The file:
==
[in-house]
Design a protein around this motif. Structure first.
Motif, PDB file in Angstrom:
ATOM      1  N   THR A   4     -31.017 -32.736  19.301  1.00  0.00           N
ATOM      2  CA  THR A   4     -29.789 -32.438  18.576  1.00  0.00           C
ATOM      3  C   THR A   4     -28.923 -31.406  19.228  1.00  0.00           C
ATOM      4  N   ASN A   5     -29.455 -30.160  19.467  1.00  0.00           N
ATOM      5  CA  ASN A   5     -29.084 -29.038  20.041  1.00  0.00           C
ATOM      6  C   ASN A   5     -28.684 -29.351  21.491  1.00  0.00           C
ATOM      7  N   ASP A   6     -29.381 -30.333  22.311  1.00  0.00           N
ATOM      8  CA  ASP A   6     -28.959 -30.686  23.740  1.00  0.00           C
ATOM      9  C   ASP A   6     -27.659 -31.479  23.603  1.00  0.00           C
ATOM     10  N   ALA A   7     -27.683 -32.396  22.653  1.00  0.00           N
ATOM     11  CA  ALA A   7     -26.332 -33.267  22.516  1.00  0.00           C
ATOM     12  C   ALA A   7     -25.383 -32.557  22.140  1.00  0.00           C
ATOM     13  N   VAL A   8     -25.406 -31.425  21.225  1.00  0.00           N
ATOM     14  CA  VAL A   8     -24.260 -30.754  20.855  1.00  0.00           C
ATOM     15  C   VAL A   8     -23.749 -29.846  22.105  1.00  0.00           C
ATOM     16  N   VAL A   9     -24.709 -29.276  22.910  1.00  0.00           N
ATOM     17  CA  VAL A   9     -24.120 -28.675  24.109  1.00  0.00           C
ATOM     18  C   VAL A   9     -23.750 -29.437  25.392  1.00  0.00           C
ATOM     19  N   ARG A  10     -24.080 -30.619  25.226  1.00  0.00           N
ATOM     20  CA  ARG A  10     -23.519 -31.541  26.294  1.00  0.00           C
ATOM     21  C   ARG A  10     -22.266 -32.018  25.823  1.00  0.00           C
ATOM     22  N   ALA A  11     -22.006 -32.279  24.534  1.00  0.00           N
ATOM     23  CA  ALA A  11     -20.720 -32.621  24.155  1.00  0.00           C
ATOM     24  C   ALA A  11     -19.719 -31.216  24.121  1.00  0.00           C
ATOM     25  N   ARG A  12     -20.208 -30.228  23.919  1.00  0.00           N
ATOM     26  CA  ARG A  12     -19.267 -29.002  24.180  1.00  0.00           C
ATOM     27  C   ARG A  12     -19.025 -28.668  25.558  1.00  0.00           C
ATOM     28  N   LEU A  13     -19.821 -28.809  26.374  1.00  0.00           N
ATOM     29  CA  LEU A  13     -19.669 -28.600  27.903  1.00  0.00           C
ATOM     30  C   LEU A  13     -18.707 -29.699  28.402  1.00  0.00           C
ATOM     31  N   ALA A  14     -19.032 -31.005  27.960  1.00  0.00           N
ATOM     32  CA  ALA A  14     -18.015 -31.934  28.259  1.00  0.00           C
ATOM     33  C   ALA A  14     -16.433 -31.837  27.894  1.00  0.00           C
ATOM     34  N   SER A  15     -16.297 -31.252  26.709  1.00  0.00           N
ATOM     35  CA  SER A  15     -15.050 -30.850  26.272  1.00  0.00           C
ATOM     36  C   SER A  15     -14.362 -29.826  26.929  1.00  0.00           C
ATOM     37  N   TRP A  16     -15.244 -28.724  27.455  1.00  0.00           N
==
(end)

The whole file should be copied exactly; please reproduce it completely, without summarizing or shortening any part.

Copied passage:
[in-house]
Design a protein around this motif. Structure first.
Motif, PDB file in Angstrom:
ATOM      1  N   THR A   4     -31.017 -32.736  19.301  1.00  0.00           N
ATOM      2  CA  THR A   4     -29.789 -32.438  18.576  1.00  0.00           C
ATOM      3  C   THR A   4     -28.923 -31.406  19.228  1.00  0.00           C
ATOM      4  N   ASN A   5     -29.455 -30.160  19.467  1.00  0.00           N
ATOM      5  CA  ASN A   5     -29.084 -29.038  20.041  1.00  0.00           C
ATOM      6  C   ASN A   5     -28.684 -29.351  21.491  1.00  0.00           C
ATOM      7  N   ASP A   6     -29.381 -30.333  22.311  1.00  0.00           N
ATOM      8  CA  ASP A   6     -28.959 -30.686  23.740  1.00  0.00           C
ATOM      9  C   ASP A   6     -27.659 -31.479  23.603  1.00  0.00           C
ATOM     10  N   ALA A   7     -27.683 -32.396  22.653  1.00  0.00           N
ATOM     11  CA  ALA A   7     -26.332 -33.267  22.516  1.00  0.00           C
ATOM     12  C   ALA A   7     -25.383 -32.557  22.140  1.00  0.00           C
ATOM     13  N   VAL A   8     -25.406 -31.425  21.225  1.00  0.00           N
ATOM     14  CA  VAL A   8     -24.260 -30.754  20.855  1.00  0.00           C
ATOM     15  C   VAL A   8     -23.749 -29.846  22.105  1.00  0.00           C
ATOM     16  N   VAL A   9     -24.709 -29.276  22.910  1.00  0.00           N
ATOM     17  CA  VAL A   9     -24.120 -28.675  24.109  1.00  0.00           C
ATOM     18  C   VAL A   9     -23.750 -29.437  25.392  1.00  0.00           C
ATOM     19  N   ARG A  10     -24.080 -30.619  25.226  1.00  0.00           N
ATOM     20  CA  ARG A  10     -23.519 -31.541  26.294  1.00  0.00           C
ATOM     21  C   ARG A  10     -22.266 -32.018  25.823  1.00  0.00           C
ATOM     22  N   ALA A  11     -22.006 -32.279  24.534  1.00  0.00           N
ATOM     23  CA  ALA A  11     -20.720 -32.621  24.155  1.00  0.00           C
ATOM     24  C   ALA A  11     -19.719 -31.216  24.121  1.00  0.00           C
ATOM     25  N   ARG A  12     -20.208 -30.228  23.919  1.00  0.00           N
ATOM     26  CA  ARG A  12     -19.267 -29.002  24.180  1.00  0.00           C
ATOM     27  C   ARG A  12     -19.025 -28.668  25.558  1.00  0.00           C
ATOM     28  N   LEU A  13     -19.821 -28.809  26.374  1.00  0.00           N
ATOM     29  CA  LEU A  13     -19.669 -28.600  27.903  1.00  0.00           C
ATOM     30  C   LEU A  13     -18.707 -29.699  28.402  1.00  0.00           C
ATOM     31  N   ALA A  14     -19.032 -31.005  27.960  1.00  0.00           N
ATOM     32  CA  ALA A  14     -18.015 -31.934  28.259  1.00  0.00           C
ATOM     33  C   ALA A  14     -16.433 -31.837  27.894  1.00  0.00           C
ATOM     34  N   SER A  15     -16.297 -31.252  26.709  1.00  0.00           N
ATOM     35  CA  SER A  15     -15.050 -30.850  26.272  1.00  0.00           C
ATOM     36  C   SER A  15     -14.362 -29.826  26.929  1.00  0.00           C
ATOM     37  N   TRP A  16     -15.244 -28.724  27.455  1.00  0.00           N